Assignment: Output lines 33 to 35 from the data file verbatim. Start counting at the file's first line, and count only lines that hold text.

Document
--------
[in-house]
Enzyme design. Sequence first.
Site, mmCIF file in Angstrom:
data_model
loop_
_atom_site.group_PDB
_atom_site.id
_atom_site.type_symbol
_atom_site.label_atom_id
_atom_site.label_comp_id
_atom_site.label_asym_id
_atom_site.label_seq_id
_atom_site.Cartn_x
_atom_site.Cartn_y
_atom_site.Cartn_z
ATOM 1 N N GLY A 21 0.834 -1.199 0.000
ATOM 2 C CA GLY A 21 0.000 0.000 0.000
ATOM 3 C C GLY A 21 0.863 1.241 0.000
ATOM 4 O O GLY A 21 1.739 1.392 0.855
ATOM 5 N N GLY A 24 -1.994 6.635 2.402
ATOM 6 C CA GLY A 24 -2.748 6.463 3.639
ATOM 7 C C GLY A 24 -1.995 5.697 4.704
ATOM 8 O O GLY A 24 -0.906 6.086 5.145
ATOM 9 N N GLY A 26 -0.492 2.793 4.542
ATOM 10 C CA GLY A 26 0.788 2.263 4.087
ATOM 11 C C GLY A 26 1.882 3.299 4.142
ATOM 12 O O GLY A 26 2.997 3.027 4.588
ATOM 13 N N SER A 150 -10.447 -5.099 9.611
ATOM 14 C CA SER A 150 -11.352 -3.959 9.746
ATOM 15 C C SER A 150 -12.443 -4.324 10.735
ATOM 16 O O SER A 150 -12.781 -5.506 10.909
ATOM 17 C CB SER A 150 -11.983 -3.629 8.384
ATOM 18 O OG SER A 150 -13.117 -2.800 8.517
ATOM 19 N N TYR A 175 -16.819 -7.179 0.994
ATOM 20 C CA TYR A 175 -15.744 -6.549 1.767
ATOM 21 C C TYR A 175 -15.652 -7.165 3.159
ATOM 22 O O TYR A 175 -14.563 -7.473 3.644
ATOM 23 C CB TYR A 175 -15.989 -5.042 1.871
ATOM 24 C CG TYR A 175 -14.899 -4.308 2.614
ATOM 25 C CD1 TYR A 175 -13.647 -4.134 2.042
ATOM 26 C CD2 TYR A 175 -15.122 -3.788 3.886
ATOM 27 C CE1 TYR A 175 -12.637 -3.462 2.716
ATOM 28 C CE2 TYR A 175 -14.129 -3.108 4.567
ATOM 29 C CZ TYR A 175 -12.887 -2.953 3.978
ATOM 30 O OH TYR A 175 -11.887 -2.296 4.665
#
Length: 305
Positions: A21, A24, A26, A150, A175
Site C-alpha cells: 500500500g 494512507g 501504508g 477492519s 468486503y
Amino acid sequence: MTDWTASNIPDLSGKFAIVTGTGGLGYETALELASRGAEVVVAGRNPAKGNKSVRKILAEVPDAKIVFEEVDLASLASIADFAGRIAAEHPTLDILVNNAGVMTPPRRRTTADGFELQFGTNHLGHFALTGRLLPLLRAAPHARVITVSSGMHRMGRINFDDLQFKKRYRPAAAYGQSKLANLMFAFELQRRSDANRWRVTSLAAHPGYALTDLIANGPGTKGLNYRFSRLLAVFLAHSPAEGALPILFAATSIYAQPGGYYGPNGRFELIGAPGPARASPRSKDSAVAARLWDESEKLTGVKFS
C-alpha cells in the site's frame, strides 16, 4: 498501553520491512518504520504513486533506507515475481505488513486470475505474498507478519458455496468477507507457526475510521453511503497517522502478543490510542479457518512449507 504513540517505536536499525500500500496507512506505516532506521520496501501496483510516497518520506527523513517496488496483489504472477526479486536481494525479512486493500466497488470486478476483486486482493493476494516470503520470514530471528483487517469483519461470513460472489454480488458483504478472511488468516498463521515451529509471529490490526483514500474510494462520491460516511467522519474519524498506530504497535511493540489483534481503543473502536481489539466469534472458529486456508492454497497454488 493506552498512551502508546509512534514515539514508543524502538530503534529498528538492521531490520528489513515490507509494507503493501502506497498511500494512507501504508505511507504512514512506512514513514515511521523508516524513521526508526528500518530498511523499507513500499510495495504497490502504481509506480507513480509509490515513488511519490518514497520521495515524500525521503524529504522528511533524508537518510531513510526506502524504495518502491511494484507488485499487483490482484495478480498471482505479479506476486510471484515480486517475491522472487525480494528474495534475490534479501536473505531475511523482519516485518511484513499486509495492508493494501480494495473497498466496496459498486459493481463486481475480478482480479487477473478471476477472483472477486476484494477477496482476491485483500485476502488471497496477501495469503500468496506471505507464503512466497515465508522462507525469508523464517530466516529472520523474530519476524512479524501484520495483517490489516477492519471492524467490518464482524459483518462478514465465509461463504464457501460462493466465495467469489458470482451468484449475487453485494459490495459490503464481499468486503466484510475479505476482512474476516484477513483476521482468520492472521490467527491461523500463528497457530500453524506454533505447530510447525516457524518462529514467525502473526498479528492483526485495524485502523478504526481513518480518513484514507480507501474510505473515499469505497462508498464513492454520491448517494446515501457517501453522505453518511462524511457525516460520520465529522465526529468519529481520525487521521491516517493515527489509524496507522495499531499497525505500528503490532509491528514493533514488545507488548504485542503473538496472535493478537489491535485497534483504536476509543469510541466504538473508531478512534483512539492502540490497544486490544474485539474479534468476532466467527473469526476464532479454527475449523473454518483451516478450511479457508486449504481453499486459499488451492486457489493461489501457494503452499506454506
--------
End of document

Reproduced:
ATOM 18 O OG SER A 150 -13.117 -2.800 8.517
ATOM 19 N N TYR A 175 -16.819 -7.179 0.994
ATOM 20 C CA TYR A 175 -15.744 -6.549 1.767